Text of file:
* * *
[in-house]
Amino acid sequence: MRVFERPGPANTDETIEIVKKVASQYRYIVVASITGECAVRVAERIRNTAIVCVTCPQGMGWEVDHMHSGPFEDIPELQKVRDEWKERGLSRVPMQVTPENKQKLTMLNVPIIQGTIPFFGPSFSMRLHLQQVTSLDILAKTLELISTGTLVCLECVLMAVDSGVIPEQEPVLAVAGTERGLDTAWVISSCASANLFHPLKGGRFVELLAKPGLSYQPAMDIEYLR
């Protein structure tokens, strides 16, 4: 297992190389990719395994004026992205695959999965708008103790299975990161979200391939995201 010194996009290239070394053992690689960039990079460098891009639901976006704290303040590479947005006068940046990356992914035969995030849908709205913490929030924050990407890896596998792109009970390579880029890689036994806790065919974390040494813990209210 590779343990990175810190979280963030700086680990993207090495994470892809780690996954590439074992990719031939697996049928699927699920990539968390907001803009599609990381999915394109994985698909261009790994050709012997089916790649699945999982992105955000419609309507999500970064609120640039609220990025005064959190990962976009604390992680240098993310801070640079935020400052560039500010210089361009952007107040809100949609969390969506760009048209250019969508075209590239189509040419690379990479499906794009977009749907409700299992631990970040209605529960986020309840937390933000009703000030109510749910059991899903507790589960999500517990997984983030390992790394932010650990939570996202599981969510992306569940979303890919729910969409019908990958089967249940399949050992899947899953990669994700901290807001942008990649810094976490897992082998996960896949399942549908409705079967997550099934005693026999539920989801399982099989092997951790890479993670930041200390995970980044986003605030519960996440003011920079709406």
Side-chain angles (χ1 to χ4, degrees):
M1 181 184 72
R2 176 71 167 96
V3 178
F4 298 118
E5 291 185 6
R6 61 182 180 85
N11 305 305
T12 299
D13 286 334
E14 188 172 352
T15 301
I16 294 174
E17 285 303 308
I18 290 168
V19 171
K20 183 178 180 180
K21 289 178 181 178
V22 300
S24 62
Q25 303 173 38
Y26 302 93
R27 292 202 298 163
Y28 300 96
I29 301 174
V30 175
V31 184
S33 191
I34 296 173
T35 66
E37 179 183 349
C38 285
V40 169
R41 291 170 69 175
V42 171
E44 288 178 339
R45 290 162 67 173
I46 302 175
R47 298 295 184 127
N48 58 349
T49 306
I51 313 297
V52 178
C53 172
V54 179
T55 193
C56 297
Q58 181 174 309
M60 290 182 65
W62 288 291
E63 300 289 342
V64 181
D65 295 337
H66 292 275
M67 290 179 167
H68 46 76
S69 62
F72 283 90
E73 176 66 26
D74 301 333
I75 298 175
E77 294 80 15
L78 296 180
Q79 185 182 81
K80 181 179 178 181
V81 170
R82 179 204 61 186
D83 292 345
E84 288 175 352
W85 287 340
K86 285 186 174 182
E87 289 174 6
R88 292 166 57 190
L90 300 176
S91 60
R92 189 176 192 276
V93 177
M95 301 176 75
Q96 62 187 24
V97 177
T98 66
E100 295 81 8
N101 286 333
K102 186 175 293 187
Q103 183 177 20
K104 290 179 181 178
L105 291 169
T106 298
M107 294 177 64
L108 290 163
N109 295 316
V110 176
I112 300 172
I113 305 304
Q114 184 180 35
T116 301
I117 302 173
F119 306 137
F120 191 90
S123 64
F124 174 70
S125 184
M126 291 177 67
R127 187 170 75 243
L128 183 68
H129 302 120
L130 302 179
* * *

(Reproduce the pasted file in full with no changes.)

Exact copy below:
[in-house]
Amino acid sequence: MRVFERPGPANTDETIEIVKKVASQYRYIVVASITGECAVRVAERIRNTAIVCVTCPQGMGWEVDHMHSGPFEDIPELQKVRDEWKERGLSRVPMQVTPENKQKLTMLNVPIIQGTIPFFGPSFSMRLHLQQVTSLDILAKTLELISTGTLVCLECVLMAVDSGVIPEQEPVLAVAGTERGLDTAWVISSCASANLFHPLKGGRFVELLAKPGLSYQPAMDIEYLR
């Protein structure tokens, strides 16, 4: 297992190389990719395994004026992205695959999965708008103790299975990161979200391939995201 010194996009290239070394053992690689960039990079460098891009639901976006704290303040590479947005006068940046990356992914035969995030849908709205913490929030924050990407890896596998792109009970390579880029890689036994806790065919974390040494813990209210 590779343990990175810190979280963030700086680990993207090495994470892809780690996954590439074992990719031939697996049928699927699920990539968390907001803009599609990381999915394109994985698909261009790994050709012997089916790649699945999982992105955000419609309507999500970064609120640039609220990025005064959190990962976009604390992680240098993310801070640079935020400052560039500010210089361009952007107040809100949609969390969506760009048209250019969508075209590239189509040419690379990479499906794009977009749907409700299992631990970040209605529960986020309840937390933000009703000030109510749910059991899903507790589960999500517990997984983030390992790394932010650990939570996202599981969510992306569940979303890919729910969409019908990958089967249940399949050992899947899953990669994700901290807001942008990649810094976490897992082998996960896949399942549908409705079967997550099934005693026999539920989801399982099989092997951790890479993670930041200390995970980044986003605030519960996440003011920079709406």
Side-chain angles (χ1 to χ4, degrees):
M1 181 184 72
R2 176 71 167 96
V3 178
F4 298 118
E5 291 185 6
R6 61 182 180 85
N11 305 305
T12 299
D13 286 334
E14 188 172 352
T15 301
I16 294 174
E17 285 303 308
I18 290 168
V19 171
K20 183 178 180 180
K21 289 178 181 178
V22 300
S24 62
Q25 303 173 38
Y26 302 93
R27 292 202 298 163
Y28 300 96
I29 301 174
V30 175
V31 184
S33 191
I34 296 173
T35 66
E37 179 183 349
C38 285
V40 169
R41 291 170 69 175
V42 171
E44 288 178 339
R45 290 162 67 173
I46 302 175
R47 298 295 184 127
N48 58 349
T49 306
I51 313 297
V52 178
C53 172
V54 179
T55 193
C56 297
Q58 181 174 309
M60 290 182 65
W62 288 291
E63 300 289 342
V64 181
D65 295 337
H66 292 275
M67 290 179 167
H68 46 76
S69 62
F72 283 90
E73 176 66 26
D74 301 333
I75 298 175
E77 294 80 15
L78 296 180
Q79 185 182 81
K80 181 179 178 181
V81 170
R82 179 204 61 186
D83 292 345
E84 288 175 352
W85 287 340
K86 285 186 174 182
E87 289 174 6
R88 292 166 57 190
L90 300 176
S91 60
R92 189 176 192 276
V93 177
M95 301 176 75
Q96 62 187 24
V97 177
T98 66
E100 295 81 8
N101 286 333
K102 186 175 293 187
Q103 183 177 20
K104 290 179 181 178
L105 291 169
T106 298
M107 294 177 64
L108 290 163
N109 295 316
V110 176
I112 300 172
I113 305 304
Q114 184 180 35
T116 301
I117 302 173
F119 306 137
F120 191 90
S123 64
F124 174 70
S125 184
M126 291 177 67
R127 187 170 75 243
L128 183 68
H129 302 120
L130 302 179